Scenes from La Última Ofensiva, the opening film of the festival.

It seems like San Francisco hosts a different film festival every month. Cold winter nights are ideal for the City Noir Film Festival. The spring season brings the Documentary Film Festival and the SF International Film Festival. And film aficionados can attend summer screenings presented by the Queer Women of Color Film Festival, Labor Fest, and the Silent Film Festival. This weekend will be the first time San Francisco hosts a festival dedicated to cinema coming from El Salvador.

The San Francisco-El Salvador Film and Video Festival makes its inaugural debut at the Mission Cultural Center for Latino Arts (MCCLA) Dec. 3 through Dec. 5. The festival includes 14 films from El Salvador, including documentaries, narrative shorts and animation shorts.

The Ana Gomez Cultural Collective first began discussions of a Salvadoran film festival in late 2008. By early Spring 2009, the six-member collective began focusing more on the logistics of launching the festival. Festival organizer Manuel Arias fondly looks back on the Collective’s efforts over the past years.

“We are pleased and enthused that our desires have come true to raise our little country to the highest points of the sky, to shout that as Salvadoran men and women we also have art, culture, dignity and, especially, great filmmakers. Today they raise their voices, their histories, their cameras, their analysis, and their questions in front of the stimuli that life exposes us to,” said Arias.

The film screenings will take place at the MCCLA, which has screened numerous Latin American films in the past. Jason Wallach, Events and Media Coordinator at MCCLA, views the SF-El Salvador Film and Video Festival as providing an alternative to the images that are circulated through U.S.-based corporate media. According to Wallach, U.S. audiences usually only hear about Salvadoran natural disasters and drug-related massacres.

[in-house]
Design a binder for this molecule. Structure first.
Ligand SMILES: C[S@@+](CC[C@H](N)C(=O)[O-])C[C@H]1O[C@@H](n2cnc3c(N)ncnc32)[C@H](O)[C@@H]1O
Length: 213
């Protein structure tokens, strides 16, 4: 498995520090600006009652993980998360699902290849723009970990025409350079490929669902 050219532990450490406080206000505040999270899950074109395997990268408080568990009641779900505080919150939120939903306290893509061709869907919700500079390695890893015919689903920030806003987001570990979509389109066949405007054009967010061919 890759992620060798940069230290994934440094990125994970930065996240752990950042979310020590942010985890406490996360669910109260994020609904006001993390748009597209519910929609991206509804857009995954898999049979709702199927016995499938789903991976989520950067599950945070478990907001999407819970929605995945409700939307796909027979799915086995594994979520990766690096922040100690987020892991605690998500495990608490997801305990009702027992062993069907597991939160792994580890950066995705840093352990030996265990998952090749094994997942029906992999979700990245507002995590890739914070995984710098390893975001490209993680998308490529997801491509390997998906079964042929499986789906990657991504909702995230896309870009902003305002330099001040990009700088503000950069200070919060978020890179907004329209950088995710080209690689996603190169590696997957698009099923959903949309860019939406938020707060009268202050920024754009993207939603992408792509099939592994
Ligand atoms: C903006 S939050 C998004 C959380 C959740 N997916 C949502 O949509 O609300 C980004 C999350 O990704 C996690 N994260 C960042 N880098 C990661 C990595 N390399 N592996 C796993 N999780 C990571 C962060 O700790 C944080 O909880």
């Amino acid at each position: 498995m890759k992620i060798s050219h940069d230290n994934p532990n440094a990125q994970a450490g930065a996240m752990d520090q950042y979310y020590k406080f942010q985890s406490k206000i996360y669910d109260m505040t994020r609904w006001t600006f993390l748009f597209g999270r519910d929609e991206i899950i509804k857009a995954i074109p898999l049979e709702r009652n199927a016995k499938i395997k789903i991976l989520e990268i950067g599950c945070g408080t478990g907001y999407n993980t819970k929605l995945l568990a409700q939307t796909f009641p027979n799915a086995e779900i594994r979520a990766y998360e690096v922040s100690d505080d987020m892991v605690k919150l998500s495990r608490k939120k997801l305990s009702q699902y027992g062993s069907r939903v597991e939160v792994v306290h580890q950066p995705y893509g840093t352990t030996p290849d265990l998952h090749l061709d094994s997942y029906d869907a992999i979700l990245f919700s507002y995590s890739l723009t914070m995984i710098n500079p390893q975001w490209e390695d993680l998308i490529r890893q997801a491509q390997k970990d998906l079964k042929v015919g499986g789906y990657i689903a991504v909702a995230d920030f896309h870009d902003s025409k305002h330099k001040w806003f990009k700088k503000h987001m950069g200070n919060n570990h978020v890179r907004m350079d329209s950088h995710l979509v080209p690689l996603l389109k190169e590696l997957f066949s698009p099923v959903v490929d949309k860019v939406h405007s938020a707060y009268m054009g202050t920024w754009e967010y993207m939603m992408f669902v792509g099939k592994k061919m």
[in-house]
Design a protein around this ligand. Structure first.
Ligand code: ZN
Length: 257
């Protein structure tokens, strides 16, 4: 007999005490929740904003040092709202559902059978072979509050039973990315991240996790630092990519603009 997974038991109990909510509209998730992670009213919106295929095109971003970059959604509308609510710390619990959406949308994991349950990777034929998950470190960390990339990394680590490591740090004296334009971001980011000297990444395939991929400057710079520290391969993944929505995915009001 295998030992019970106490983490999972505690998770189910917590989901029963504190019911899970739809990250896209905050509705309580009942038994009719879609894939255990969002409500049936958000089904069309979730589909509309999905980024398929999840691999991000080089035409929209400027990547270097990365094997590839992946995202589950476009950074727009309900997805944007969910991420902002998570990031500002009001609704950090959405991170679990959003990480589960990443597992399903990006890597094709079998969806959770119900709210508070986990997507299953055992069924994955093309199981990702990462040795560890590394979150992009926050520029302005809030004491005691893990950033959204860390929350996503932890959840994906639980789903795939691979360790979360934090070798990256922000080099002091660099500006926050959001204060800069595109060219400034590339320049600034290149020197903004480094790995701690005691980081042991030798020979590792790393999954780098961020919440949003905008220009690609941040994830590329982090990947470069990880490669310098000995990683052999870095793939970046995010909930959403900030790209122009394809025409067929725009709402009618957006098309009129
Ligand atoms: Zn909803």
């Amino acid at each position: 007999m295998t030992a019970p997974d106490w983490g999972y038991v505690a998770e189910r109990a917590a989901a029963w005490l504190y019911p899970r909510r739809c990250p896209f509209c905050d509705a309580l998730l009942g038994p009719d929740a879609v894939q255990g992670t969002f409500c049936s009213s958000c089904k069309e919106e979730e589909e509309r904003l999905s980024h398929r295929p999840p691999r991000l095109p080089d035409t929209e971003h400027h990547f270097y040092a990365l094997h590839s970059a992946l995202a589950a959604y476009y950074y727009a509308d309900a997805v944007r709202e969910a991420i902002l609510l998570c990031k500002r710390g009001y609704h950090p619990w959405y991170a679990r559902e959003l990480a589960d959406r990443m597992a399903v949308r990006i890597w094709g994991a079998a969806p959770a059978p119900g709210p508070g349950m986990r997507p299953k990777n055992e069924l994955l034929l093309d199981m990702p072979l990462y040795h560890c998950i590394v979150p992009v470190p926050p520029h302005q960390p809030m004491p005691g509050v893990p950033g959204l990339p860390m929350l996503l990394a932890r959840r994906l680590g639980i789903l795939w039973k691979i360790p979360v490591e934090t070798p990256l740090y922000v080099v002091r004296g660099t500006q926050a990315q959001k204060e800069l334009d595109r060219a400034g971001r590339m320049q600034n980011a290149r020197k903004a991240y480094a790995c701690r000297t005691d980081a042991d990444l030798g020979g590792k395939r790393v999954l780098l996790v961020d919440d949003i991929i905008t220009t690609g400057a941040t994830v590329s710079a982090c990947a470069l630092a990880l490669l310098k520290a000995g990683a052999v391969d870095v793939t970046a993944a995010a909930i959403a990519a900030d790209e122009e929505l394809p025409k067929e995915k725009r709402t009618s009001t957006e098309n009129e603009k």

“The festival films, many of which will show in the U.S. for the first time, are made by Salvadoran filmmakers who are not bound by the restrictions of corporate media,” said Wallach. “They are dedicated to telling the stories of their communities. These videos are examples of the everyday people, hidden places and real-life happenings in El Salvador that we never hear about.”

The MCCLA has demonstrated a commitment to showcasing the “real-life happenings in El Salvador” over the years. Jorge Dalton’s documentary Entre Los Muertos screened to a full house in 2008. The renowned filmmaker will have an indirect presence in this festival as well.

Dalton, the son of poet Roque Dalton, served as the curator of the SF-El Salvador Film and Video Festival. He researched and selected the films that are included in the Festival.

The opening night feature film, La Última Ofensiva, is a documentary about the 2009 Salvadoran presidential election. The film includes interviews with journalists, students, peasants, street peddlers, ARENA party members, FMLN activists and participants in the Peace Accord negotiations. The voices from this wide cross-section of Salvadoran society underscore the historical significance of the 2009 FMLN election victory. The film also places the election within the context of the land struggle that traces back to 1932.

José Luis Sanz, one of the directors of La Última Ofensiva, will be present at the screening. Sanz will address the significance of the 2009 FMLN election victory by drawing from ten years of journalistic experience in El Salvador.

The decision to highlight La Última Ofensiva on opening night illustrates that the festival organizers remain committed to the values of Ana Gomez herself. The Ana Gomez Collective was named in honor of the Salvadoran activist who dedicated her life to the Salvadoran struggle for peace and justice.

Gomez and her family came to San Francisco in the 1980s. Here she worked with Casa El Salvador Farabundo Martí, an organization that provided aid to Central American refugees. She received her BA and MA from San Francisco State University and her Ph.D. at the University of Minnesota. She taught Latin American History at William Patterson University of New Jersey until she died of cancer in February of 2008.

Dagoberto Argueta, a member of the Ana Gomez Collective, notes that a large segment of San Francisco’s Salvadoran community arrived during the 70’s and 80’s but many more have been born and raised here in the Bay Area. He worries that they may not have been exposed to the cultural and artistic output of El Salvador.

“The film festival is an effort akin to throwing open the windows in a room in order to create a cross-current,” said Argueta. “The Salvadoran community in the Bay Area will gain pride in home-grown cinematic productions while Salvadoran filmmakers will be encouraged and enriched by an expanded international audience.”

The SF-El Salvador Film and Video Festival opens on Friday, Dec. 3 with a 7 p.m. screening of La Última Ofensiva. Saturday, Dec. 4 screenings: 2-9:30 p.m. Sunday, Dec. 5 Screenings: 2-6 p.m. More information at